Crime

Memphis Sued For Throwing Away 15K Untested Rape Kits

| by Sarah Fruchtnicht

A class action suit has been filed against the city of Memphis for failing to submit more than 15,000 rape kits for testing.

An unidentified woman, who was the victim of rape and is a resident of Memphis, claims the city collected the kits, allowed many to spoil, and threw them away.

"The City of Memphis failed to submit over 15,000 such sexual assault kits for further testing and caused the spoliation of the sexual assault kits, all of which resulted in damages to the plaintiff and the putative class, which constitutes a violation of the equal protection clauses of the Tennessee and United States Constitutions,” the complaint says.

"Over fifteen thousand (15,000) Sexual Assault Evidence Kits went untested over a period of several decades,” it says.

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The woman says she waited 13 years for her rape kit to be tested and at that point the evidence had “spoiled.”

“Plaintiff and the putative class members are female individuals who reported sexual assaults to third parties, had bodily fluid samples removed from their bodies and placed within sexual assault evidence kits, and whose sexual assault kits were subsequently transported to the Memphis Police Department for testing, evidentiary and custodial purposes," the complaint states.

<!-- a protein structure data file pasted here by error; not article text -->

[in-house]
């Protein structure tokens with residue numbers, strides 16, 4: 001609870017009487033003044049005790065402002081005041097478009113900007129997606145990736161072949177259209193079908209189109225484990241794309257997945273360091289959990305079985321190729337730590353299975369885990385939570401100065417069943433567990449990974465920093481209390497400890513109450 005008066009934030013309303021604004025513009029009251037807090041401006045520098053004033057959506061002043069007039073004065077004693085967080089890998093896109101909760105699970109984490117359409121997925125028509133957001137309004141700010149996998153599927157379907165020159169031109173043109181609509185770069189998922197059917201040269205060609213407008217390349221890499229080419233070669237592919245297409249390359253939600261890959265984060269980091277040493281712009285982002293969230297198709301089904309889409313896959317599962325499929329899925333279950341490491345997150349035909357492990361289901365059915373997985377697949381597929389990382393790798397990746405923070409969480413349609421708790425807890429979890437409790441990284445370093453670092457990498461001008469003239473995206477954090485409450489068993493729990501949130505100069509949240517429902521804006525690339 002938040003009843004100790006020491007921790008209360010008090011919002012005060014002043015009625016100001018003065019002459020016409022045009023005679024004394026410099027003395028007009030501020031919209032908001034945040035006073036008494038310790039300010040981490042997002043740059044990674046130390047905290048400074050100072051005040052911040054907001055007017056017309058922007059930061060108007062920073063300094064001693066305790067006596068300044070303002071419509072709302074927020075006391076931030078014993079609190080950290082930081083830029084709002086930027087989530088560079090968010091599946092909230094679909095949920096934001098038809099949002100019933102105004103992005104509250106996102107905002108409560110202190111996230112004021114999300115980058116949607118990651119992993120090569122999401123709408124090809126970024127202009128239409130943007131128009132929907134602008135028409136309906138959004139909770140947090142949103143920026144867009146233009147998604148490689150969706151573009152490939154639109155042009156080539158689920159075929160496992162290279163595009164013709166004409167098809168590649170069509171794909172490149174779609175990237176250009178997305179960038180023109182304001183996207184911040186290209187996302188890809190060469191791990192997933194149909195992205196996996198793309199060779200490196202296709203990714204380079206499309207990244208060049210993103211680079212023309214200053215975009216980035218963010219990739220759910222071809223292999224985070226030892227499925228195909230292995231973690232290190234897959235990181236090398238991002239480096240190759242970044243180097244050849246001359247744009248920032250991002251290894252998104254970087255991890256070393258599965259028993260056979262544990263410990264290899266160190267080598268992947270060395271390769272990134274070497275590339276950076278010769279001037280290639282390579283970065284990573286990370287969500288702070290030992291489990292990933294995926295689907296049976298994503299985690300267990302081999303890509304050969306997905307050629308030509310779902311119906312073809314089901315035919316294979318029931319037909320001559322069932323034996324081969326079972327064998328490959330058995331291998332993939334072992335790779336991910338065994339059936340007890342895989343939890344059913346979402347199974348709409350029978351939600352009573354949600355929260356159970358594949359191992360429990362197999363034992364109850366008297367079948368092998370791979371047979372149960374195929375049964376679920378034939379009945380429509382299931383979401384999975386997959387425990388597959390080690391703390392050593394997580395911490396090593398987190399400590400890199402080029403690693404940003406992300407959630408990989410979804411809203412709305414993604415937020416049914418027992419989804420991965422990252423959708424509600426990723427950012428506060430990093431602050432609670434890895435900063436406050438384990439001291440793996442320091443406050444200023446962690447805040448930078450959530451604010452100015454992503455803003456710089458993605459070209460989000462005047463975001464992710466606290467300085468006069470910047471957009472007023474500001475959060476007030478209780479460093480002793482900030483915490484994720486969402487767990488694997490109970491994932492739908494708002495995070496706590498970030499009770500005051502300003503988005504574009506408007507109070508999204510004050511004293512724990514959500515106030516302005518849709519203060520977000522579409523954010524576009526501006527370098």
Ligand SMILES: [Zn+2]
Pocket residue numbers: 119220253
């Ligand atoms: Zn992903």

The complaint says the throwing away of rape kits "was ratified by multiple policymakers within the City of Memphis Police Department."

"Unknown to plaintiff Doe, the City of Memphis had a policy, practice and/or custom of discarding sexual assault evidence kits,” it says. “Unknown to Plaintiff Doe, the City of Memphis had a policy, practice and/or custom of failing to submit sexual assault evidence kits for testing.”

The woman says this is evidence that Memphis has a history of “discriminating against females.” She claims the "defendant's conduct was motivated by gender."

Congress estimated in 2010 that there are as many as 180,000 untested rape kits in the U.S.

The kits include the collection of fibers, swabs, hair, blood and clothing samples from the victim and has been described as an invasive and humiliating experience for victims.

Sources: Newser, Courthouse News Service